One of my very favorite sayings of Dr. Martin Luther King Jr is this one:
All men are caught in an inescapable network of mutuality, tied in a single garment of destiny. Whatever affects one directly affects all indirectly. I can never be what I ought to be until you are what you ought to be. And you can never be what you ought to be until I am what I ought to be.
In my book, the top way to be a great parent is to model, show, tell, put our children in circumstances where they learn that we all affect each other and the planet. We all need to rise up together, and to understand that some in the world are coming from very different cultural and life experiences that our own. In this way, we raise human beings who are ready to love and serve each other and the world becomes more beautiful. There will always be evil, there is no doubt. There will always be selfishness and greed. But the way we move forward is we train this next generation in love, in kindness, in generosity, in empathy, in humility. The greatest education is not one of books and learning, although I probably love books and learning more than the average person, but one of character.
You might think, well, that sounds terrific, but how do I do that? You might consider starting with yourself and the other adults in your home. What are your wounded areas? Do you see the world in this way; that we all affect each other? Do you see the need to raise others up and to serve others? What is your inner work surrounding these attitudes and these ideals – religious, spiritual, at home, outside the home- what is your practice?
How do you work as a team at home? This is the first thing that children learn in the home- how to be loved and how to love, how to help, how to be respectful through good manners, how to live with others. It is about them learning how to be in the family and to be more than just themselves but instead part of a greater unit. I have held great conversations around this theme over the years with attachment parents, and you can read some of my thoughts on past blog posts- how we can all be connected and meet the needs of our smallest children and yet also communicating that we as the people in the household all help, all serve, all work together, all have needs.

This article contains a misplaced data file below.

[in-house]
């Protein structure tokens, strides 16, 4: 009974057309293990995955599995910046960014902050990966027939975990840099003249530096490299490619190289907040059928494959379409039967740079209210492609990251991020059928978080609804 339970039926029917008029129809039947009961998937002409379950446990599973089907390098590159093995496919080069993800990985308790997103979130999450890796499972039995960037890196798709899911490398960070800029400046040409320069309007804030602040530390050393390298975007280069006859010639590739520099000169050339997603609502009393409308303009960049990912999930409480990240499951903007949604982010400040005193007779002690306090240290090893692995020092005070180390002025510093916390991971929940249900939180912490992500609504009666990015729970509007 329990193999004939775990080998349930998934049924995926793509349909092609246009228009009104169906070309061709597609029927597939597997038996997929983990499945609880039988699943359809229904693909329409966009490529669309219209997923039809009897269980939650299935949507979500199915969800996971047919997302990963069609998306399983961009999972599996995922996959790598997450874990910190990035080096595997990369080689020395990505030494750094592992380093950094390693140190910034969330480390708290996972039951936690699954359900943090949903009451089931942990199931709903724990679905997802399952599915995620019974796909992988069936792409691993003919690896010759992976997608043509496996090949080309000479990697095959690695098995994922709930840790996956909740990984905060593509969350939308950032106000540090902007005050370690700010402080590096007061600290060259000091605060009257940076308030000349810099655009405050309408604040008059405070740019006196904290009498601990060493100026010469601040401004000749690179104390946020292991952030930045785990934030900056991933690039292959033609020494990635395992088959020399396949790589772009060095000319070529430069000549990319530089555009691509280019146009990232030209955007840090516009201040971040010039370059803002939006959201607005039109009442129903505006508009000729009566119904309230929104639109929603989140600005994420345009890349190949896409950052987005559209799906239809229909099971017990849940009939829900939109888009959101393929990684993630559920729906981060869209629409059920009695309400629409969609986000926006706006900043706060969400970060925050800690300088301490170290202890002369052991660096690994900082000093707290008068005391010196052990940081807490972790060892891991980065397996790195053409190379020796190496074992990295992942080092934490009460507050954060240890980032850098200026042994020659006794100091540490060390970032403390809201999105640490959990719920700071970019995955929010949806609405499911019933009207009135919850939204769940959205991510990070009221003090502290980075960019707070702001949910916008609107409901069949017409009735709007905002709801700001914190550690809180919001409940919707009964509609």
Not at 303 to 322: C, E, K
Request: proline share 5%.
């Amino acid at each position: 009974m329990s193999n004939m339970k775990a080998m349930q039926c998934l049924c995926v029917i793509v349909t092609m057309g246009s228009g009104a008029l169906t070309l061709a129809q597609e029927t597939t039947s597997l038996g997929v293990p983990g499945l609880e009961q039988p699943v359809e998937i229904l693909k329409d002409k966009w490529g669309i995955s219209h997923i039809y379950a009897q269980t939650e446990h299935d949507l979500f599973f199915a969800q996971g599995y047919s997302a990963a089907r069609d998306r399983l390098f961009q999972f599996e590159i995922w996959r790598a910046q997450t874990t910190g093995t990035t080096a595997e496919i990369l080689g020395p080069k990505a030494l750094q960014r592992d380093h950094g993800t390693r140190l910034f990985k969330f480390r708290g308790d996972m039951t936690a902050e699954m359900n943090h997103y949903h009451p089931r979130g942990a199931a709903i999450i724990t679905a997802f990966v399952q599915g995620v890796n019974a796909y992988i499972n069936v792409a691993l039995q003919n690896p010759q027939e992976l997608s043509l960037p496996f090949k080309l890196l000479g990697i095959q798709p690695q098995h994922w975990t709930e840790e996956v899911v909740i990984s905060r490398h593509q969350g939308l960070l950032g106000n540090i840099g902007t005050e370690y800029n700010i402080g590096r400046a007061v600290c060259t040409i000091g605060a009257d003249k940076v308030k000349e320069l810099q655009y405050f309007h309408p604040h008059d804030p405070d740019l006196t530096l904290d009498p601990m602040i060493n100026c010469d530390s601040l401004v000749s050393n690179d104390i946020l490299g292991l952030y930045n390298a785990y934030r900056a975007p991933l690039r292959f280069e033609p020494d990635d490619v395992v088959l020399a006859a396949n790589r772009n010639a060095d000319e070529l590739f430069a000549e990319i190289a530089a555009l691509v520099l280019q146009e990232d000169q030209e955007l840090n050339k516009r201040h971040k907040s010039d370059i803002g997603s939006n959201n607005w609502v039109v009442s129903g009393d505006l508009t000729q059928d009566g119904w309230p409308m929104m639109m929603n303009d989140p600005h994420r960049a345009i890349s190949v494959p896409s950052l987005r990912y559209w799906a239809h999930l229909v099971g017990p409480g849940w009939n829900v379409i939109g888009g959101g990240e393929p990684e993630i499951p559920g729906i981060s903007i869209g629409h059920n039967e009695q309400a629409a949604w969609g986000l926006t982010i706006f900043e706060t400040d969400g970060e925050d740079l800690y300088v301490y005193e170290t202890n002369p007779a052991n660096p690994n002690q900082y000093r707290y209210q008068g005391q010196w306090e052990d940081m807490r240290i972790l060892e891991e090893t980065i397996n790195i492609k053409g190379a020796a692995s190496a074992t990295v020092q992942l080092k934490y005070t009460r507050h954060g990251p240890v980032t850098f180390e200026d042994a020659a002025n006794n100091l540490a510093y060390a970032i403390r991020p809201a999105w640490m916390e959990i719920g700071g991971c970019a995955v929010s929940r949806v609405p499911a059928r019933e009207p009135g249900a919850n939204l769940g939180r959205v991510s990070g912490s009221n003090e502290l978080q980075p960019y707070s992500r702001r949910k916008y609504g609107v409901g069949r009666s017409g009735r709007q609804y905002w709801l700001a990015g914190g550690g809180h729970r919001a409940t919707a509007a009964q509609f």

How do you help your child move into the community and society at large around them in a loving and kind way? How do you expand that into the areas of your community and society that are underserved in the teen years and how do you also teach the beautiful boundaries of self-replenishment, self-love in order to make helping a sustainable practice for years to come?
Just a few thoughts on this day, 2019. May we all live and love large and keep moving forward.
Blessings and love,
This post is timely for me. I worry a lot about the subject of character with my daughter. Can you give more details about how to achieve this with our children? Particularly with an emotionally reactive adhd child who has trouble seeing beyond her own needs and wants? My daughter is 10 but in many ways her developmental level is that of a much younger child. Thank you!
Hi There! Is she working with any therapy or counseling? That can be helpful, along with understanding her developmental (not chronological age) age – certain ages are egocentric and we are nudging and guiding throughout childhood, so don’t panic if it doesn’t seem there yet. In my experience, some children with ADHD can often come across as distractible and sort of insensitive, but I don’t think that always means that they are actually egocentric. So, modeling, celebrating and pointing out when others in the family are doing something nice, pointing out feelings and labeling feelings can be helpful for older children and depending upon how much she comprehends, looking at facial expressions and guessing what the heck that face means or is feeling, book lists for teaching empathy and kindness (many of those books lists out there!), using mindful tools (did you know there are now games on Amazon based off of cognitive behavioral therapy? So interesting, and again maybe for her in a couple of years). You could also take a look at the products from https://www.genmindful.com/ – I have many parents who say they like these products in dealing with emotional reactivity (which is of course, in your daughter’s case, a part of the ADHD most likely). I think the ADHD brain matures differently, and develops executive control later or differently as well, so don’t despair. Development sometimes is two steps forward, one step back, fits and spurts more than a linear line. honestlyadhd.com/executive-function-and-adhd/
Hang in there! I know you are doing a fantastic job! Blessings and love, Carrie
Thank you for taking the time to reply, Carrie! She is not in any kind of counseling but I’ve thought she could benefit from some type of “bodywork” that would encourage relaxation, and grounding. I will look into the resources that you mentioned. Thank you very much!!